Wednesday, November 01, 2006

How emotions modulate memory through the amygdala

Transmission of sensory information through the rhinal cortices is essential for hippocampus-dependent learning. In Nature Neuroscience Quirk & Vidal-Gonzalez provide a nice summary of work by Paz. et. al. showing that amygdala activity elicited by an unexpected reward facilitates communication from perirhinal to entorhinal cortex, providing a physiological mechanism for emotional modulation of memory.

Figure: The amygdala enhances transfer of sensory information.
Sensory input flows from the neocortex to the hippocampus via the rhinal cortices (descending arrows). The hippocampus in turn assists in consolidating and storing this information through projections back to neocortex (ascending arrows). (a) During spontaneous activity, with low amygdala firing rates (blue traces on left), transfer of information from perirhinal cortex (Prh) to entorhinal cortex (Ent) is minimal (thin red arrows). (b) Following reward, the amygdala increases its firing rate and synchrony. This enables the transfer of sensory information through the rhinal cortices into the hippocampus (large red arrow).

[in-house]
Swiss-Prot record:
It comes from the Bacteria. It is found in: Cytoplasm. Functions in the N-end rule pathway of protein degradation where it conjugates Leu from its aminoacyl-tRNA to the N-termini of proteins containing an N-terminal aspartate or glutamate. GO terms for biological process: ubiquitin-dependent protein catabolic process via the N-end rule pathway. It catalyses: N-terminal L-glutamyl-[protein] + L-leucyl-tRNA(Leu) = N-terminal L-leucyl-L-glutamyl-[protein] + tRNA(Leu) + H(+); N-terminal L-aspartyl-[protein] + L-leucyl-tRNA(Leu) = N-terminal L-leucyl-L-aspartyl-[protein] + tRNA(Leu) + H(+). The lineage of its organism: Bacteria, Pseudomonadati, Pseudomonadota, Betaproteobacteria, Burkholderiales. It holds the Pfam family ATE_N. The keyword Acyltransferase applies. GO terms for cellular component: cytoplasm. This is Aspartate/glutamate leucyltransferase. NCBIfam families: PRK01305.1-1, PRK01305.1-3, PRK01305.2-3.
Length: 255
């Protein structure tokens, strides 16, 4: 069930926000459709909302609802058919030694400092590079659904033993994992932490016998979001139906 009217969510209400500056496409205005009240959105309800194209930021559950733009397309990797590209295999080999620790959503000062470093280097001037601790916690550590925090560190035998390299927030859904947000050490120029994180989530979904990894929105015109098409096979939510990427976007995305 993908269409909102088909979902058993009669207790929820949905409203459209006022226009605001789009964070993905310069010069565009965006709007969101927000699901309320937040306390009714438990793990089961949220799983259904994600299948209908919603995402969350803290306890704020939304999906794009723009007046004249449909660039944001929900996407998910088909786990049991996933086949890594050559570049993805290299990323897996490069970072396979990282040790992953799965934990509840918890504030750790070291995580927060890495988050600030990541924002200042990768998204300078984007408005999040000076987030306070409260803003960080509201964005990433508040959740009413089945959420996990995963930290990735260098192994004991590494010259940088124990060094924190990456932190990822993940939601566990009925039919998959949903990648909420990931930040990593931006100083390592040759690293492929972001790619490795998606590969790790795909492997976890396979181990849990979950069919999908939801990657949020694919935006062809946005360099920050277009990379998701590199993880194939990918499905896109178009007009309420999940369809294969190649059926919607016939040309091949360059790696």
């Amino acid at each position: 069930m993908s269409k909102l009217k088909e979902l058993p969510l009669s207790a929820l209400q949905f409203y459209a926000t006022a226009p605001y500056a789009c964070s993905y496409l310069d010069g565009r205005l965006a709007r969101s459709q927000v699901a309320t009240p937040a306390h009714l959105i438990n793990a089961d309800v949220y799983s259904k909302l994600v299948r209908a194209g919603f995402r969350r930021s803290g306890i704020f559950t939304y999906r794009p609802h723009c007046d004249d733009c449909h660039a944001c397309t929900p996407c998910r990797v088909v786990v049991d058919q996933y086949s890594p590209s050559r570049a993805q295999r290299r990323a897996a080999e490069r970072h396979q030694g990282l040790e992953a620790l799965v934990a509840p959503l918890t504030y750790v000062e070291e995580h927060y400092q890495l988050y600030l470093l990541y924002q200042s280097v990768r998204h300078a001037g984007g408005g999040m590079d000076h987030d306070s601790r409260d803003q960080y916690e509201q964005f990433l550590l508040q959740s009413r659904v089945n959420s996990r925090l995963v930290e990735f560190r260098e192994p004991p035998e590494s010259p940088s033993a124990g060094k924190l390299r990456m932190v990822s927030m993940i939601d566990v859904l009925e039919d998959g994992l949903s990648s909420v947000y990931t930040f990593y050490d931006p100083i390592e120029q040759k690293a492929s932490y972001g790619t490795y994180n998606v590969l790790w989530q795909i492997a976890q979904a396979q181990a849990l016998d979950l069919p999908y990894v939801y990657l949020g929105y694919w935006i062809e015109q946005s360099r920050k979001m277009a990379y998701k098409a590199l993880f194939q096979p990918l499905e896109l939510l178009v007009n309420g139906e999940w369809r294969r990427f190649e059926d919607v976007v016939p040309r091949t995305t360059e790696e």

1. Anonymous6:38 PM

    What is the significance of this? Thanks. KKG

  2. I should have given more context with this post. It has been known for some time that memory of an event is enhanced if that event was accompanied by strong positive or negative emotions. This post was describing efforts to show how and where in the brain that enhancement takes place.